Tag Archives: Tim Ingold

Chatting While Waterskiing, Part 1

In this three-part blog series, Erika Hoffmann-Dilloway of Oberlin College reflects on the challenges she has encountered in trying to incorporate drawing into her work as a linguistic anthropologist. She begins by exploring the difficulties of engaging socially while sketching. read more…

  • dateOctober 31, 2016
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  • posted byErika Hoffmann-Dilloway
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“You’ve got to draw it if you want to see it”: Drawing as an Ethnographic Method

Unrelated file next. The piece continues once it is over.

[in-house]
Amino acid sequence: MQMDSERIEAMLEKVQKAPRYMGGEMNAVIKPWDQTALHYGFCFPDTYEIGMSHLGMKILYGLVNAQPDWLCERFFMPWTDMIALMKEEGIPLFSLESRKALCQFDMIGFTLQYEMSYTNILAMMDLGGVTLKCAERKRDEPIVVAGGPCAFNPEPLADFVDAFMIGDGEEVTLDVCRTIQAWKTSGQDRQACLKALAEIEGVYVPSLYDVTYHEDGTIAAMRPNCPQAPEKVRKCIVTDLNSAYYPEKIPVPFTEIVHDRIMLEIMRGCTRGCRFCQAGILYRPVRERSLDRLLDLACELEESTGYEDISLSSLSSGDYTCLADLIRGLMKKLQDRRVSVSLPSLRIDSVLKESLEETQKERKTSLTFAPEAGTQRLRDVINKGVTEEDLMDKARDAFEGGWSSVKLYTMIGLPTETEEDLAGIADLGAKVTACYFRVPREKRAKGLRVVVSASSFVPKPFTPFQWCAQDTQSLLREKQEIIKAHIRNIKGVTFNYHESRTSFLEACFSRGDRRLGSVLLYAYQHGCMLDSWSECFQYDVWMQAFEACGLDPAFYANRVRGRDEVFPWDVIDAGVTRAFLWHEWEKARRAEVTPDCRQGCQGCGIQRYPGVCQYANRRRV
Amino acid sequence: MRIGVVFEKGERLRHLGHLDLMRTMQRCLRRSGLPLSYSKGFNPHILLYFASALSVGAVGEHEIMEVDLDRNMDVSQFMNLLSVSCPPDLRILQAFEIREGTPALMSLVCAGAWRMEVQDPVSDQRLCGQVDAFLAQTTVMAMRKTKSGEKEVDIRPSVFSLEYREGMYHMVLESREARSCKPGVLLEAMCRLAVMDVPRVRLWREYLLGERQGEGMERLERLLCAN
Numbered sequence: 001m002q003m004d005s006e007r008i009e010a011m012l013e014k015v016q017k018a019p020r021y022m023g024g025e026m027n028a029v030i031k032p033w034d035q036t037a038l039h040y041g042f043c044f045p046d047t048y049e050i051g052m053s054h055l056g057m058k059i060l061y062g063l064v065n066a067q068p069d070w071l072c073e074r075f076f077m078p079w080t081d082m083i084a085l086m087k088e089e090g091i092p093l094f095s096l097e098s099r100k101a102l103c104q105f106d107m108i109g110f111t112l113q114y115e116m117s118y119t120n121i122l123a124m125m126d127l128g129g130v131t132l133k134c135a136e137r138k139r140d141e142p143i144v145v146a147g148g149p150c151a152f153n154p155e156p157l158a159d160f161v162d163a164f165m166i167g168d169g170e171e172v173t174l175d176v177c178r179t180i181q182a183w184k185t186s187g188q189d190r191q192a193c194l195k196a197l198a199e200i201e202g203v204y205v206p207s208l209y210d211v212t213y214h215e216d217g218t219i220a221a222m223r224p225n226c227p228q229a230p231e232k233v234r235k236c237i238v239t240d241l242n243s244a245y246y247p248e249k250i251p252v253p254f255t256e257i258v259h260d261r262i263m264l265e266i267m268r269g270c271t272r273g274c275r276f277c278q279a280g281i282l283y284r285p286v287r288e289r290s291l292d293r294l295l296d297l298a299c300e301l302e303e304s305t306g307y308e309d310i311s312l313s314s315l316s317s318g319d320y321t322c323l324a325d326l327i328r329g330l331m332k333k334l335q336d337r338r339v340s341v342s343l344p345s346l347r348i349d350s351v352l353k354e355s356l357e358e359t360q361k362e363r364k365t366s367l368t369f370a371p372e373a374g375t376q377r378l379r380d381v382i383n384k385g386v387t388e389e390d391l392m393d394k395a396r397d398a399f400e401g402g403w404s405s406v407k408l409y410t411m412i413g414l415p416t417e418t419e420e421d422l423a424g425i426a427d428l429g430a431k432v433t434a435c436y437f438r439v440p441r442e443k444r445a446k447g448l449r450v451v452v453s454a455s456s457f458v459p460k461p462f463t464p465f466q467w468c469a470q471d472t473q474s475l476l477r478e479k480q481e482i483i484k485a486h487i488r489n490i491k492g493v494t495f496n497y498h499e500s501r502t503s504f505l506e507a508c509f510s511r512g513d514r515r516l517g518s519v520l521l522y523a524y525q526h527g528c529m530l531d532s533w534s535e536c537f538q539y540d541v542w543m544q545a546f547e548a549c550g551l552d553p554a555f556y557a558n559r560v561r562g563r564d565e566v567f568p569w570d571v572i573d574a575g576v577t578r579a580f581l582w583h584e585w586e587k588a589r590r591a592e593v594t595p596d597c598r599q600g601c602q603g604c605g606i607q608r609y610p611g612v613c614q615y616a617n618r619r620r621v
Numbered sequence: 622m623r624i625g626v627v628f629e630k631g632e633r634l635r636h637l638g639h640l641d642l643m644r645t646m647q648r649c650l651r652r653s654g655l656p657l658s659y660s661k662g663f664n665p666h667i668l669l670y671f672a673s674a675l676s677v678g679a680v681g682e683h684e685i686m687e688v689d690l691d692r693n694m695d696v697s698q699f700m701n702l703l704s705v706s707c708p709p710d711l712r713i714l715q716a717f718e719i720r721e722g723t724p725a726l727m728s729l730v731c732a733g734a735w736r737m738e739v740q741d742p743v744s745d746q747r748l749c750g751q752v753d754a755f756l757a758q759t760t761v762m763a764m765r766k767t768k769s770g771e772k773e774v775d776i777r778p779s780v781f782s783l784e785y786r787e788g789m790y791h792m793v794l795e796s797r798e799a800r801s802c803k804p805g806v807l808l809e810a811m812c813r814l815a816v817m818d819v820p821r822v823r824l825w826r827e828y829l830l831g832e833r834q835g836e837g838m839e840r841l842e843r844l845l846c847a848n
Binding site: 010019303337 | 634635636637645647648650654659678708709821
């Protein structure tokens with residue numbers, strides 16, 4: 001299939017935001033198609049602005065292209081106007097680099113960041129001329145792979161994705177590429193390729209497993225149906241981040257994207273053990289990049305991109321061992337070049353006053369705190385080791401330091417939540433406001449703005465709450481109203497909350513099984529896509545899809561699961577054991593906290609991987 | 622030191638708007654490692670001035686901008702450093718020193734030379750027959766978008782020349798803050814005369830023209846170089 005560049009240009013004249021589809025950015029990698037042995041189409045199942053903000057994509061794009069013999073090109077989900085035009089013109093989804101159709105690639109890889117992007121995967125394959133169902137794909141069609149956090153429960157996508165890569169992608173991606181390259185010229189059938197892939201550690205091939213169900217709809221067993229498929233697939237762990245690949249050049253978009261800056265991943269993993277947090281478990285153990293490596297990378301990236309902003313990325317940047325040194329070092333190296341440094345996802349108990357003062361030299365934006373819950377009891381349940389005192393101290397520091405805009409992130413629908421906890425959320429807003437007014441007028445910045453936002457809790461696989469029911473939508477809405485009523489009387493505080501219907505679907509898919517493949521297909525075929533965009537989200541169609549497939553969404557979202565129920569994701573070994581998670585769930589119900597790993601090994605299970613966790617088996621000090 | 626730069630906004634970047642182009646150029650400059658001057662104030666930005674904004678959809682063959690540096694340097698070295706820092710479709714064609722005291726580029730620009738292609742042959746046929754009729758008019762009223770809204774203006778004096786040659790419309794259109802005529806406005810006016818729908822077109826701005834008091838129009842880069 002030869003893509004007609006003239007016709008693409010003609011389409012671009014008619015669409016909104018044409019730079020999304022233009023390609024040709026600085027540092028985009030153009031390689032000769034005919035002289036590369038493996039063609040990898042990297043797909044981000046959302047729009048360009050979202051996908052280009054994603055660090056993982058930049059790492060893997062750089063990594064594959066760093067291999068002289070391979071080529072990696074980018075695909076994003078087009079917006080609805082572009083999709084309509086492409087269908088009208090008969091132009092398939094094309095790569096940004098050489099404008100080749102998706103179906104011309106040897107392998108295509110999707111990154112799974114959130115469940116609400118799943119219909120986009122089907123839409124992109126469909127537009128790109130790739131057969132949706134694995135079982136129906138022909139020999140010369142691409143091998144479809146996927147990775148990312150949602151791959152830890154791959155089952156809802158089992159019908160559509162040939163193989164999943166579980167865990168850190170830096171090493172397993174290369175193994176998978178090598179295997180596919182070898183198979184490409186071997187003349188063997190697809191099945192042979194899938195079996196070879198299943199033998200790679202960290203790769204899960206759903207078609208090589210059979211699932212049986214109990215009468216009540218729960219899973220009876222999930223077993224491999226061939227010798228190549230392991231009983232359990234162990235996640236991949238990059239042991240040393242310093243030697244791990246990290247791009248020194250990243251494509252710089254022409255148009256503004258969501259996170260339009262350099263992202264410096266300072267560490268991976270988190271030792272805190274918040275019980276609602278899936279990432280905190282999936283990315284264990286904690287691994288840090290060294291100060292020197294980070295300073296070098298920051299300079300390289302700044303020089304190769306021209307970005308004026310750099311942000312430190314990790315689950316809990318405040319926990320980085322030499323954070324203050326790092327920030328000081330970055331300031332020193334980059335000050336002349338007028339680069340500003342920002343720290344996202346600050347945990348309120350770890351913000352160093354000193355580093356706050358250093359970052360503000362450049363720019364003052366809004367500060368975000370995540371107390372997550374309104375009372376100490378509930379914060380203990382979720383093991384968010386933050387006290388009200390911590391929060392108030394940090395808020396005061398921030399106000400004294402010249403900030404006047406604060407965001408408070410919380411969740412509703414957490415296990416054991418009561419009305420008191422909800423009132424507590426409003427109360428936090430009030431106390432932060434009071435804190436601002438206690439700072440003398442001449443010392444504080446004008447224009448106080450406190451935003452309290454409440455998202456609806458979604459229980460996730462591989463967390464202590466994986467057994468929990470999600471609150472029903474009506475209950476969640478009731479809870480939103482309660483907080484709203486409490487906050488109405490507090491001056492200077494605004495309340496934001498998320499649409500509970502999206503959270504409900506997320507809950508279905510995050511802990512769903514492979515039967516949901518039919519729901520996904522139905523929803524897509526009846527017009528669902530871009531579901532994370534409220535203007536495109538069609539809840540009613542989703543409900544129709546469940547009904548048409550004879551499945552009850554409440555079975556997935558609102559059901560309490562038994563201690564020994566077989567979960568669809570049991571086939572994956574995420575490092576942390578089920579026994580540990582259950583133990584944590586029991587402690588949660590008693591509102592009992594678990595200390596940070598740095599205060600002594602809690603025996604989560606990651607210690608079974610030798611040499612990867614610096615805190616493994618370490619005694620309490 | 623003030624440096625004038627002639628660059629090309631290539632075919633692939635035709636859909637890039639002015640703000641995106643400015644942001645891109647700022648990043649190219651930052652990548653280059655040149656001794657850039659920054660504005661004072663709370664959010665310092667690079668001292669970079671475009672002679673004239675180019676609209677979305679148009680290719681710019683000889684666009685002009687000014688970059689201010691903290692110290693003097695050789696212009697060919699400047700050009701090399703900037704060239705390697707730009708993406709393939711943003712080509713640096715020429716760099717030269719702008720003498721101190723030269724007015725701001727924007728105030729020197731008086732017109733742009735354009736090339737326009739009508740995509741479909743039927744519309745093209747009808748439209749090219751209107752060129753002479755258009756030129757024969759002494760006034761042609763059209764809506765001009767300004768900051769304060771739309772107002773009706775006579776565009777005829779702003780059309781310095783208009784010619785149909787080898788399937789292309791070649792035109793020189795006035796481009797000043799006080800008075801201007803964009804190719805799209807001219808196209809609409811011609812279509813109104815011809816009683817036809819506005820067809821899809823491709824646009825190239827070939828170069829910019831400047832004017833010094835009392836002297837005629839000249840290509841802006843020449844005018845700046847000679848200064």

My teacher Linda Schele said those words to me years ago when teaching me about the iconography of ancient Maya sculptures. She’d given me an assignment: to make sense of the carved stone monuments from the ancient site Quirigua, in south-east Guatemala. All I had were photocopies of Alfred Maudsley’s 1880s photographs, and I was having trouble distinguishing meaningful elements from the convoluted Baroque tendrils and curls on these elaborate carvings. I brought my photocopies to her house, and the first thing she did was put one on a light-box, taping a sheet of tracing paper on top, saying, “You’ll never see a thing just staring at it on paper! You’ve got to draw it if you want to see it.” read more…

  • dateFebruary 20, 2015
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  • posted byAndrew Causey
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